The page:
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History of Cannabis BBC Panorama

Source – The use of cannabis is believed to stretch back 4,000 years. The compound which gives cannabis its mood-altering properties is known as THC. Cannabis has been used as a medicine for thousands of years all over the world including India, China and the Middle East. In China, it was used to treat conditions such as malaria, constipation and rheumatism. But it was not until the middle of the nineteenth century that doctors in the west began to take an interest.


Even Queen Victoria was given it by her doctor to relieve period pain and in the United States it could be bought freely in shops. It was the invention of the syringe towards the end of the 19th century that marked an end to its widespread medicinal use. Injecting drugs meant they could take effect a lot faster. Cannabis cannot be dissolved in water, so therefore cannot be injected. The arrival of other drugs, such as aspirin, also contributed to the reduction in the drug’s use.

Cannabis was made illegal in the UK in 1928. It followed an international drugs conference in Geneva when an Egyptian delegate convinced everybody that it was a threat to society and as dangerous as opium.


That did not stop the recreational use of cannabis which began in earnest during the fifties when migrants from the Caribbean arrived in the UK. White jazz musicians playing in clubs in Soho in London were among the first to use it. And the first ever drugs bust was in 1952 at the Number 11 Club in Soho. During the flower power years of the sixties it soared in popularity.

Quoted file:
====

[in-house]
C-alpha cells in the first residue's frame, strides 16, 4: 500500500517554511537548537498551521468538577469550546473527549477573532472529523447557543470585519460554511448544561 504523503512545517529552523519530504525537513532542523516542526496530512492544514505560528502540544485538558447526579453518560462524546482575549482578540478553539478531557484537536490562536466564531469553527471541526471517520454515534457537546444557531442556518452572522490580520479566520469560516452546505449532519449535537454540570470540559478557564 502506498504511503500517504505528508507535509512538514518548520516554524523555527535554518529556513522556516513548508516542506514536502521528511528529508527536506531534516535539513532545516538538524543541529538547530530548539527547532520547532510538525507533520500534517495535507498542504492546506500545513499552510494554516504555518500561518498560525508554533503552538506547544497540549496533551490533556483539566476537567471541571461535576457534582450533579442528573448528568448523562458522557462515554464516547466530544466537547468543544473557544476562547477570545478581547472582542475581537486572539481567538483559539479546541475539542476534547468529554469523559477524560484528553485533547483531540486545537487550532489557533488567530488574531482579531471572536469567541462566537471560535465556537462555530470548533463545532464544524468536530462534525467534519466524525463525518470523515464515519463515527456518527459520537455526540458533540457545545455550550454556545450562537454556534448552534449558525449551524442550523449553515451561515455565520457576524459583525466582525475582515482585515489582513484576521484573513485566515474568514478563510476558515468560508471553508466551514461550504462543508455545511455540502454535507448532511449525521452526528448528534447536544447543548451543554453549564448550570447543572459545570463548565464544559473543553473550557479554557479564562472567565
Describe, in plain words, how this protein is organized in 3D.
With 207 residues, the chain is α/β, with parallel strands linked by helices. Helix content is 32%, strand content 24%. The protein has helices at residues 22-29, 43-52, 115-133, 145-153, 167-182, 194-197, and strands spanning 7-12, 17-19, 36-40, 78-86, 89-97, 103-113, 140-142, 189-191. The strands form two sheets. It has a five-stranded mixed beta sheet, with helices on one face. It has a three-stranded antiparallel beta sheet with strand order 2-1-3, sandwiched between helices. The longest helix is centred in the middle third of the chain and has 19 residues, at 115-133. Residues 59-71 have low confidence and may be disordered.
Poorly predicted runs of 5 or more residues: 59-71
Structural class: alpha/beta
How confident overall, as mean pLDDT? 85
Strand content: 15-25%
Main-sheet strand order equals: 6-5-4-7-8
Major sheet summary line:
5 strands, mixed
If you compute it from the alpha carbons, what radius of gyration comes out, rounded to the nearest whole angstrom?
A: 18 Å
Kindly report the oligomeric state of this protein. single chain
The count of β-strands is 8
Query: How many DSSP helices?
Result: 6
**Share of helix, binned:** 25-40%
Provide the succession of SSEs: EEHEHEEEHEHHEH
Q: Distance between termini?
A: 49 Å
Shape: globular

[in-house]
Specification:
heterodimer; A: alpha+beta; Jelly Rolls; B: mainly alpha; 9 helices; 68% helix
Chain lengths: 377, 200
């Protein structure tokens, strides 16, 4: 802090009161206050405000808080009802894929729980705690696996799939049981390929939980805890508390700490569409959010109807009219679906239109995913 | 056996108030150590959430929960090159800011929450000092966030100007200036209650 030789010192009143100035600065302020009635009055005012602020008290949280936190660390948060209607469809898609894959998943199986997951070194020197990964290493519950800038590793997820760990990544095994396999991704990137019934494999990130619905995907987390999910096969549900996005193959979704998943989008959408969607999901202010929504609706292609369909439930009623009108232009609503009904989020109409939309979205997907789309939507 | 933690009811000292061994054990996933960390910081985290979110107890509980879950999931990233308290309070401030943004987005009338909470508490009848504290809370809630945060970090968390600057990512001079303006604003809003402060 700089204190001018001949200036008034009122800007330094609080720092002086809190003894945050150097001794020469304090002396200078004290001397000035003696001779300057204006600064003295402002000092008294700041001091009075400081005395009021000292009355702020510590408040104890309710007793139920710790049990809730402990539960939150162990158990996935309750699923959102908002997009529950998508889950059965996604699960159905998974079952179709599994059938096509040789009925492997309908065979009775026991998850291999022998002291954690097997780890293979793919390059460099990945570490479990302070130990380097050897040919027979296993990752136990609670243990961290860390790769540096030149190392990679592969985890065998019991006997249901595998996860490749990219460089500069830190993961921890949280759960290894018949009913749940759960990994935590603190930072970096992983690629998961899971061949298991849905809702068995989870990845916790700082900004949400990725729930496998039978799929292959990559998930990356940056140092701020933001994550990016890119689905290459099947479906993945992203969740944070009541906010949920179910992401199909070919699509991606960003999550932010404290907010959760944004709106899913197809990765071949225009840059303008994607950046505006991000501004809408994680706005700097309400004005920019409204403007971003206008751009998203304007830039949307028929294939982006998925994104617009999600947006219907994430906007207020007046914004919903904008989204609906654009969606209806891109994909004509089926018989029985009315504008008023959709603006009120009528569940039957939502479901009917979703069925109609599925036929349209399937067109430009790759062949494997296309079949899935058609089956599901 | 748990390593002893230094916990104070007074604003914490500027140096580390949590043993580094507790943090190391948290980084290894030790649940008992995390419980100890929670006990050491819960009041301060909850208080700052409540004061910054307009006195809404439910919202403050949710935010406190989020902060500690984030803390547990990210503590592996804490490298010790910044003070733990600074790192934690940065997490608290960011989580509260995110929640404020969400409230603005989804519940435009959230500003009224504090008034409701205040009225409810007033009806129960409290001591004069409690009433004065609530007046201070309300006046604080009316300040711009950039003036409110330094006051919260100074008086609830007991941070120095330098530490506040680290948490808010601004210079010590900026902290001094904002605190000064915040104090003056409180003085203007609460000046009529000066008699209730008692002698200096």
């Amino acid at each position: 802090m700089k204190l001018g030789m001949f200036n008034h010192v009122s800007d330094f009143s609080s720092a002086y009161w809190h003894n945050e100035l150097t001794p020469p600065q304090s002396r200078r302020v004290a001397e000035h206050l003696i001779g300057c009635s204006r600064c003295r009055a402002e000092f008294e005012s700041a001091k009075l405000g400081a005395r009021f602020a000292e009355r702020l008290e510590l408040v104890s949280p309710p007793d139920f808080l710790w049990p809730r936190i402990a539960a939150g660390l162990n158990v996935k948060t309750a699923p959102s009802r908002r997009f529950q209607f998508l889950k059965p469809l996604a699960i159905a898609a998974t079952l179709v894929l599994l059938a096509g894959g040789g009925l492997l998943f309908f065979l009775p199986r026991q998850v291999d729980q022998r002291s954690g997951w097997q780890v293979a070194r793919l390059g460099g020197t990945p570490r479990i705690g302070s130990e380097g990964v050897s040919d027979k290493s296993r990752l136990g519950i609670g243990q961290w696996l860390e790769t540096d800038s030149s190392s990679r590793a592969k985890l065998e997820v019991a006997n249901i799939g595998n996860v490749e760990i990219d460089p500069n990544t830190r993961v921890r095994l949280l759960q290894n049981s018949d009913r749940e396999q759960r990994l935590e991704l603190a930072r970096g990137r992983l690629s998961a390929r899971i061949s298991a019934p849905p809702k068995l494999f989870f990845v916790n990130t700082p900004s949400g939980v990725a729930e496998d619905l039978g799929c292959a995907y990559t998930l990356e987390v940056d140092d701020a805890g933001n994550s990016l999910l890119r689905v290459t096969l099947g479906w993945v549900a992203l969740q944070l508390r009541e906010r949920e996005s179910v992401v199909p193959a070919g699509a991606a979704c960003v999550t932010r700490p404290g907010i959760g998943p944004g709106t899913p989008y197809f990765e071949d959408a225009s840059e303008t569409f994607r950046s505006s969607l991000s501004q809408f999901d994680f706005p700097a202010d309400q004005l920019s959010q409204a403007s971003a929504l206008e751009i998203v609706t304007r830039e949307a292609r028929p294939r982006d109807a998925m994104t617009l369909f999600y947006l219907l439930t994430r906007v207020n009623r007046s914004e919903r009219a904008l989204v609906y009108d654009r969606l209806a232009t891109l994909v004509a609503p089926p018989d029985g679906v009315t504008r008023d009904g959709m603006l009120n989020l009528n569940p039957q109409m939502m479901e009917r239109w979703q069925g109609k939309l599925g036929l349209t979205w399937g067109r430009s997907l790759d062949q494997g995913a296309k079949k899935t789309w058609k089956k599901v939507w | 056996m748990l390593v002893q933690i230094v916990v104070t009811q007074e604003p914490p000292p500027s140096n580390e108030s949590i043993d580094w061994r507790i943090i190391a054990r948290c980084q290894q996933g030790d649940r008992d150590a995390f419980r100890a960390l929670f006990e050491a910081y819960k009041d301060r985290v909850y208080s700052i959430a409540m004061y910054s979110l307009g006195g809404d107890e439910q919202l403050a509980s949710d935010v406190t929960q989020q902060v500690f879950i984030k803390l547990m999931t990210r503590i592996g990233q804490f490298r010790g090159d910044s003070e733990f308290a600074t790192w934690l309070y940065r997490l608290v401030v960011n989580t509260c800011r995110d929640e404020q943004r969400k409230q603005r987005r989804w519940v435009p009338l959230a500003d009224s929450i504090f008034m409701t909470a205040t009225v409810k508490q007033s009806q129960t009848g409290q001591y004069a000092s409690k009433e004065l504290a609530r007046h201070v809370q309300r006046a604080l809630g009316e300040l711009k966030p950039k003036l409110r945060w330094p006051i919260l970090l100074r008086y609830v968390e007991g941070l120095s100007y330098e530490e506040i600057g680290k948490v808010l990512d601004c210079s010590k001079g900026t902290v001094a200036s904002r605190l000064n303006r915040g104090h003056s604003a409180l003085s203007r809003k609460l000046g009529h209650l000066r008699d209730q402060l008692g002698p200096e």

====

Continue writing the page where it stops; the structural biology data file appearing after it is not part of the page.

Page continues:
In 1968, the Wootton Report, a Home Office investigation into the effects of cannabis concluded: “There is no evidence that this activity is causing violent crime or aggression, anti-social behaviour, or is producing in otherwise normal people conditions of dependence or psychosis requiring medical treatment.” More than thirty years after the Wootton Report, it is still illegal to grow, produce, possess or supply the drug to another person. But that all-encompassing ban may soon be relaxed after the Home Secretary, David Blunkett, recently announced that he may allow it for medicinal use if current trials of the drug are successful.

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